Oriental medicine has a very interesting way of looking at the heart and its relationship with the human body. Simply said, the heart is the most important organ of the body. Because its two main functions are to govern the blood and house the mind, Oriental medicine practitioners refer to it as the “monarch of the body” and the “emperor” and believe that it must not be disturbed for any reason.

A healthy heart provides the proper supply of blood to all the tissues in the body. Enclosing the heart is the pericardium, the membranous sac in charge of intercepting all illnesses before they have a chance to disturb the organ. On top of the heart, as its canopy, are the lungs, the prime organs in charge of respiration, acquiring clean Qi (oxygen) and eliminating the bad Qi (CO2).

The heart and lungs assist each other: the heart governing the blood supply and the lungs governing the Qi; hence, they are interconnected and interrelated. Excessive joy or laughter can injure the heart Qi. The same is true of too much sadness or grief, both causing lung clean Qi deficiency, which can deeply affect the heart Qi, making it deficient.

The expression of the heart is joy. A happy state of mind is a display of a healthy mind and body. The heart manifests in skin complexion and opens to the tongue and controls perspiration. Skin complexion and strength are governed by the relationship of the heart and blood supply. If the heart is strong and blood supply is sufficient with good circulation, an individual is vigorous and strong. On the other hand, if the heart is weak and blood supply to tissues is deficient, the person will develop weakness and poor health. A thin, long crack in the midline of the tongue indicates that a person is experiencing an excess of unresolved emotional stress, which weakens the heart.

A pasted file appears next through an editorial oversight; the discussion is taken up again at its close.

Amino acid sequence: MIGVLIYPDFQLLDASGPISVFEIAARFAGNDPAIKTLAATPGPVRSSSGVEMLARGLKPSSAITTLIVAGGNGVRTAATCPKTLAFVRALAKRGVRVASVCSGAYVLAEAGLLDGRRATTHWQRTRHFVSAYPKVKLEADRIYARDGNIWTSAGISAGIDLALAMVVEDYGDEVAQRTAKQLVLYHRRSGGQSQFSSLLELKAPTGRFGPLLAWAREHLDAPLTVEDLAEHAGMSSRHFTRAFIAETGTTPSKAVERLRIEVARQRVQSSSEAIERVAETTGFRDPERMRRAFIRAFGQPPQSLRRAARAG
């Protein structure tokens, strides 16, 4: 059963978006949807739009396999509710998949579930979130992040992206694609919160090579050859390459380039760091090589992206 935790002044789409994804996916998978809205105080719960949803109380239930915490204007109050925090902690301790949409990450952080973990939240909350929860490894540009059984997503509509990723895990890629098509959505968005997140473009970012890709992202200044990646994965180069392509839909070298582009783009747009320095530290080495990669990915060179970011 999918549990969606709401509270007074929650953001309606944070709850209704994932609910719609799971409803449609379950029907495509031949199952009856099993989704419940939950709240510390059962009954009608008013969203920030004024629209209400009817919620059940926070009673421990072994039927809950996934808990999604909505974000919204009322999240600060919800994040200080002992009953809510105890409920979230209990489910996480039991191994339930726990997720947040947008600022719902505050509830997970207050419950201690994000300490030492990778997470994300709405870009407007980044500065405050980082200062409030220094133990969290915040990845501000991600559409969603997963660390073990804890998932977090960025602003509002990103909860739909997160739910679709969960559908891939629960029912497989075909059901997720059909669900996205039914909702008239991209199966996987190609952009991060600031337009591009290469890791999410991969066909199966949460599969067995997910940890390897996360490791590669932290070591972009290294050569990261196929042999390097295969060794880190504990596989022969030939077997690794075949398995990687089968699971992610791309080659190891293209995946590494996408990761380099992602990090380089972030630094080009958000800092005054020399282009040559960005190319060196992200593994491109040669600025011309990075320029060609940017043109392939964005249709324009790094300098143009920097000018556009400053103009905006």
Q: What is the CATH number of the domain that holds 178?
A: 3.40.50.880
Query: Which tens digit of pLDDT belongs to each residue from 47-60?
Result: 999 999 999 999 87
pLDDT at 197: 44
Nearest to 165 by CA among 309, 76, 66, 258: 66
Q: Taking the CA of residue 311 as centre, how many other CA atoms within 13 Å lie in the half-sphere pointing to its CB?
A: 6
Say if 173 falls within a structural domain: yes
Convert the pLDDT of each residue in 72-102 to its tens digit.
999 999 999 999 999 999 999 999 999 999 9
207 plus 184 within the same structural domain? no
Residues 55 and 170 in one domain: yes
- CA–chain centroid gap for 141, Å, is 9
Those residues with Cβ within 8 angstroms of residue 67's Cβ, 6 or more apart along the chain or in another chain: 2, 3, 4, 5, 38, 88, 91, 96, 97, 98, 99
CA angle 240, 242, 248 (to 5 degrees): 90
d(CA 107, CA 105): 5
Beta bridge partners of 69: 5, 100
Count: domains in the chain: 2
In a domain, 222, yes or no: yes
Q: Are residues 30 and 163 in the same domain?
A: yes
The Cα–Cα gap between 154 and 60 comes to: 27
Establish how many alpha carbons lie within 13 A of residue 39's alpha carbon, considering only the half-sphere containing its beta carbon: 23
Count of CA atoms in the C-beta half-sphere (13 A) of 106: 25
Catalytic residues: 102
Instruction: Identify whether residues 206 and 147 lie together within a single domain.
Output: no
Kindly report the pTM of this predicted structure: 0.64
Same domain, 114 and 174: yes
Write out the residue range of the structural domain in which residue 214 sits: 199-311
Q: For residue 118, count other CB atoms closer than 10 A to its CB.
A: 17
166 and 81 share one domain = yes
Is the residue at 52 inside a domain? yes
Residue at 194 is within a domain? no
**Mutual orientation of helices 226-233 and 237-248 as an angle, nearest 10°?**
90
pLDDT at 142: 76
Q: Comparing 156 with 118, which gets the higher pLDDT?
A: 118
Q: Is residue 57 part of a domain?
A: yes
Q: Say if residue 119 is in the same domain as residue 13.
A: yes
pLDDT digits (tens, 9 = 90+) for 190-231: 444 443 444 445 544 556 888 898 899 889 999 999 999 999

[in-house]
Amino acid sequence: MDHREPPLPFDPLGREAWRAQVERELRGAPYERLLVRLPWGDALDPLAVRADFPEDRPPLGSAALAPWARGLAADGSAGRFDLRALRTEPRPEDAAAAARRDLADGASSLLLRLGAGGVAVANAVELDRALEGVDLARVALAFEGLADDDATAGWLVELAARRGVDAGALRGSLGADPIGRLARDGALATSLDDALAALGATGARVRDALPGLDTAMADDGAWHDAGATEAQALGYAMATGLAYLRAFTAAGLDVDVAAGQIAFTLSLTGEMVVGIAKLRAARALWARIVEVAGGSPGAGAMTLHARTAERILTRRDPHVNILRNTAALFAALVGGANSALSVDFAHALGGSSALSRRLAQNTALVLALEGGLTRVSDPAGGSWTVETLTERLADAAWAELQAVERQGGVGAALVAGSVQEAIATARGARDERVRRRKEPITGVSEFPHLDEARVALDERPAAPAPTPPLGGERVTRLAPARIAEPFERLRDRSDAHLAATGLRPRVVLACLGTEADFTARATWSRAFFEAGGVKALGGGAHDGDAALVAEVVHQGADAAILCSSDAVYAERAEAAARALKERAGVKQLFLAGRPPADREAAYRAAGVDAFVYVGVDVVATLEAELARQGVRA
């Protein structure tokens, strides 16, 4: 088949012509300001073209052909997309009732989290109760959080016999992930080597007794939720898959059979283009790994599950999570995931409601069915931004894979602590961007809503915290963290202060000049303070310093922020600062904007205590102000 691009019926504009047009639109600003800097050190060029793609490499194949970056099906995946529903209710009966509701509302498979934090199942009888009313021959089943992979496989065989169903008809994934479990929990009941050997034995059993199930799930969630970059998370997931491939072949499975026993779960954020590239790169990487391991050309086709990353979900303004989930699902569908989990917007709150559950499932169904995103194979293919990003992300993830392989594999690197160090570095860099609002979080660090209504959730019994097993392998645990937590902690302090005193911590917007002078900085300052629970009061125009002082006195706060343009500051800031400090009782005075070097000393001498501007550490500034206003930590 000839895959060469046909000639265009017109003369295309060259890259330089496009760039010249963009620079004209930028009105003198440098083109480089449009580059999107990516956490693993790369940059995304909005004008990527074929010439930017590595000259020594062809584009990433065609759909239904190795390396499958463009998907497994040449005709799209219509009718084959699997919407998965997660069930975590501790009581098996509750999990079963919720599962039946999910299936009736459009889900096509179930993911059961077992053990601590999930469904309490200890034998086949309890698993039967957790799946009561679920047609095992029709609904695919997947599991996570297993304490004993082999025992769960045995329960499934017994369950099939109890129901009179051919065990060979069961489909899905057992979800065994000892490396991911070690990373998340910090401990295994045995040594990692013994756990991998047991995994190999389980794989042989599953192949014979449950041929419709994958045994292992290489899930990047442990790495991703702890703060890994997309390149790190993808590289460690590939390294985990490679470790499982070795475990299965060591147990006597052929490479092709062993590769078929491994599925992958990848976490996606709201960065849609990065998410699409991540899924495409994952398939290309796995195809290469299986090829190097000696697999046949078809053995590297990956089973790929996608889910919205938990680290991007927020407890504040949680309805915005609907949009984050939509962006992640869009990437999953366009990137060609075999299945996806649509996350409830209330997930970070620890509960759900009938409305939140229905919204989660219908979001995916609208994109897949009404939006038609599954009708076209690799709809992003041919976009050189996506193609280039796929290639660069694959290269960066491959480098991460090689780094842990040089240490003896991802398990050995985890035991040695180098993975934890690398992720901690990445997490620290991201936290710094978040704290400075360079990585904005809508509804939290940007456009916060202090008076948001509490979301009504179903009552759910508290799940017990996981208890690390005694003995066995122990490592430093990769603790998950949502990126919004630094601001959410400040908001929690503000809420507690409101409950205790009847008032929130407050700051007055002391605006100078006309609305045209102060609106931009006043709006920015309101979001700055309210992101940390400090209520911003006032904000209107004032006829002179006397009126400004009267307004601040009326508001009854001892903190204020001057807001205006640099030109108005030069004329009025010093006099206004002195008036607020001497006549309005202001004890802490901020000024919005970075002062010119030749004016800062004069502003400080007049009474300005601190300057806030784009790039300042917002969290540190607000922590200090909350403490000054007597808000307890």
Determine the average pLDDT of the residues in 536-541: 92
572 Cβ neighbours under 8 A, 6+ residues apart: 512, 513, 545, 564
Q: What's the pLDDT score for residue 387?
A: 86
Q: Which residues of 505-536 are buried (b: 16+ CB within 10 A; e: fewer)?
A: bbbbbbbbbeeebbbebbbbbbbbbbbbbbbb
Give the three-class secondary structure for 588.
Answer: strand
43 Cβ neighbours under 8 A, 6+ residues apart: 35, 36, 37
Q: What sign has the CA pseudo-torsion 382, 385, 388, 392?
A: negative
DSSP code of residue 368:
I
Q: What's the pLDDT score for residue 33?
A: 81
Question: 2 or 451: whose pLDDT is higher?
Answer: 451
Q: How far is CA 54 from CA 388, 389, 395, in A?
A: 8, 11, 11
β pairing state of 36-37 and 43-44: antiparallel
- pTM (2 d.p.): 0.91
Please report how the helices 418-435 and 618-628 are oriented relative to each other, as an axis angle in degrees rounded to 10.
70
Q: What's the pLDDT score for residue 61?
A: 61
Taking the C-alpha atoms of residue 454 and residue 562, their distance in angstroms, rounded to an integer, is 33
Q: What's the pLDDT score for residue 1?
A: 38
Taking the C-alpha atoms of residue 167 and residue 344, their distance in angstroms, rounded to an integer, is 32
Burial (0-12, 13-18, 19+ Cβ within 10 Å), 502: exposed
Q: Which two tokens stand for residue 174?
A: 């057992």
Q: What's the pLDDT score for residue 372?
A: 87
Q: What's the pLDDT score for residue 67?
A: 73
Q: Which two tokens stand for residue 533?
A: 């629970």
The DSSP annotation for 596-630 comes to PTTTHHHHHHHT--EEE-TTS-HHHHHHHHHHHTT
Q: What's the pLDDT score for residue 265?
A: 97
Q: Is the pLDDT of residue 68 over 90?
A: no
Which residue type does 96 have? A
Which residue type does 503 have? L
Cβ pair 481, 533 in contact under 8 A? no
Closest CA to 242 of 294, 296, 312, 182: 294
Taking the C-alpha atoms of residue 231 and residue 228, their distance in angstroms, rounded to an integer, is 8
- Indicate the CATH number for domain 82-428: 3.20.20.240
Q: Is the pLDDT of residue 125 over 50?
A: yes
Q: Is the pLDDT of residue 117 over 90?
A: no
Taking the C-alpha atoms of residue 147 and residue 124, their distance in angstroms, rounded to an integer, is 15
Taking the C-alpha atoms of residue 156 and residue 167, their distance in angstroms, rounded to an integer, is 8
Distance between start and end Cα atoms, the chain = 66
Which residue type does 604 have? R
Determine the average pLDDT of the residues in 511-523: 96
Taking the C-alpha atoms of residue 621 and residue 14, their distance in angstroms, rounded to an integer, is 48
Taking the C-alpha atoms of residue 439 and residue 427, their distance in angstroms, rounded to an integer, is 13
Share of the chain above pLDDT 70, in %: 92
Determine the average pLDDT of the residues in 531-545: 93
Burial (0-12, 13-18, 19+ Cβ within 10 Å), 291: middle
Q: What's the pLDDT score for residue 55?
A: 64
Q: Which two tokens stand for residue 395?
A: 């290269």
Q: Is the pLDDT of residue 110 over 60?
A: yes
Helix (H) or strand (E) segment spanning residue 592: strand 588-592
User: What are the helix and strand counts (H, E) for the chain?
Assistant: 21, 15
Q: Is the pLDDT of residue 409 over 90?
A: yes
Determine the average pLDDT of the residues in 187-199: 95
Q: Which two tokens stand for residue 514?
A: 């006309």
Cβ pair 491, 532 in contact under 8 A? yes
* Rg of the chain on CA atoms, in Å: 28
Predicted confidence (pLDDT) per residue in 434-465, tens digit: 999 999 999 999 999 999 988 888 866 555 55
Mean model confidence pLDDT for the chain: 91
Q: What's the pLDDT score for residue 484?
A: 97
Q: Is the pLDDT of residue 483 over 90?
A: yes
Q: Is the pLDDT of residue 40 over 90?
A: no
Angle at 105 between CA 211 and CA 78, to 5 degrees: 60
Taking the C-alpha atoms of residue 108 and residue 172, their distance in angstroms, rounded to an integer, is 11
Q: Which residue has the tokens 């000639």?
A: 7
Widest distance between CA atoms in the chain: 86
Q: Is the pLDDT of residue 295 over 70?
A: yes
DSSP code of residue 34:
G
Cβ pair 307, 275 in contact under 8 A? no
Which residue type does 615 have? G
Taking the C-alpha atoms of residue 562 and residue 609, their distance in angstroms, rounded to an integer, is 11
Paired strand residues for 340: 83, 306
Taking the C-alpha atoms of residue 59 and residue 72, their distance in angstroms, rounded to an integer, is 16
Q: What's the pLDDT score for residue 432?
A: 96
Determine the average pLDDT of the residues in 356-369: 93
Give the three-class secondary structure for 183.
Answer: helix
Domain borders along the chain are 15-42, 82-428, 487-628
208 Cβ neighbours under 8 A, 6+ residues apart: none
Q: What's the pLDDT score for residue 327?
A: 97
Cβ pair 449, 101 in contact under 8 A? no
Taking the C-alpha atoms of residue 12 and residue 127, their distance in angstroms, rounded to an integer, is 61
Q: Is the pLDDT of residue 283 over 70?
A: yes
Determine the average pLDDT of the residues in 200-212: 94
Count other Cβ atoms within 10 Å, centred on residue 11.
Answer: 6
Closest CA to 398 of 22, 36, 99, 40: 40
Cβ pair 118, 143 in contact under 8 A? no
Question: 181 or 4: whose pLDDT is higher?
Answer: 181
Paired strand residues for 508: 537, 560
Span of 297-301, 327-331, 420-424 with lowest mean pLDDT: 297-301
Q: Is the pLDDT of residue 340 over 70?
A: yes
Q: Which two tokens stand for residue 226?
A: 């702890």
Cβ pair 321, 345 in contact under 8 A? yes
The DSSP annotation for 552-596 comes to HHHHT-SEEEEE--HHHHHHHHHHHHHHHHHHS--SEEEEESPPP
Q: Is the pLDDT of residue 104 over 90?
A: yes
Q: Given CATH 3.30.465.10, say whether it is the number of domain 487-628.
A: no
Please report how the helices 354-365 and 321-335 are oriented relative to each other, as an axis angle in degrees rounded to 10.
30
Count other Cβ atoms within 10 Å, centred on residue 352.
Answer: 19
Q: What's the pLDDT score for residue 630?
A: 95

The “heart housing the mind” in Oriental medicine means that the mind, or Shen (consciousness and mental activity), resides in the heart. If the heart and blood are in harmony, there is a positive balance of mental activity and emotional life, with good sleep and good memory ensuing.

This homeostasis of heart and blood manifests as clear consciousness and keen thinking; however, if the heart and blood are unbalanced due to blood deficiency for any reason, it may manifest as a mental or emotional illness such as depression, anxiety, dull thinking, forgetfulness, poor memory, insomnia and, in extreme cases, unconsciousness.

Blood is the root of the mind, nourishing it. If there is any deficiency in the heart blood, the results are mental restlessness, depression, anxiety, and insomnia. On the other hand, mental restlessness, emotional problems, and sadness can be the causes of blood deficiency that results in heart palpitations, weak pulse, and a pale complexion. Because the mind is affected by the heart, an individual’s mental state will be affected by bad Qi, causing sadness or depression. On the contrary, if the person has an excess condition, the mind will be altered as well but will show symptoms of mental illness like mania and depression.


By Consuelo Camarillo de Gonzalez Lic. A.C.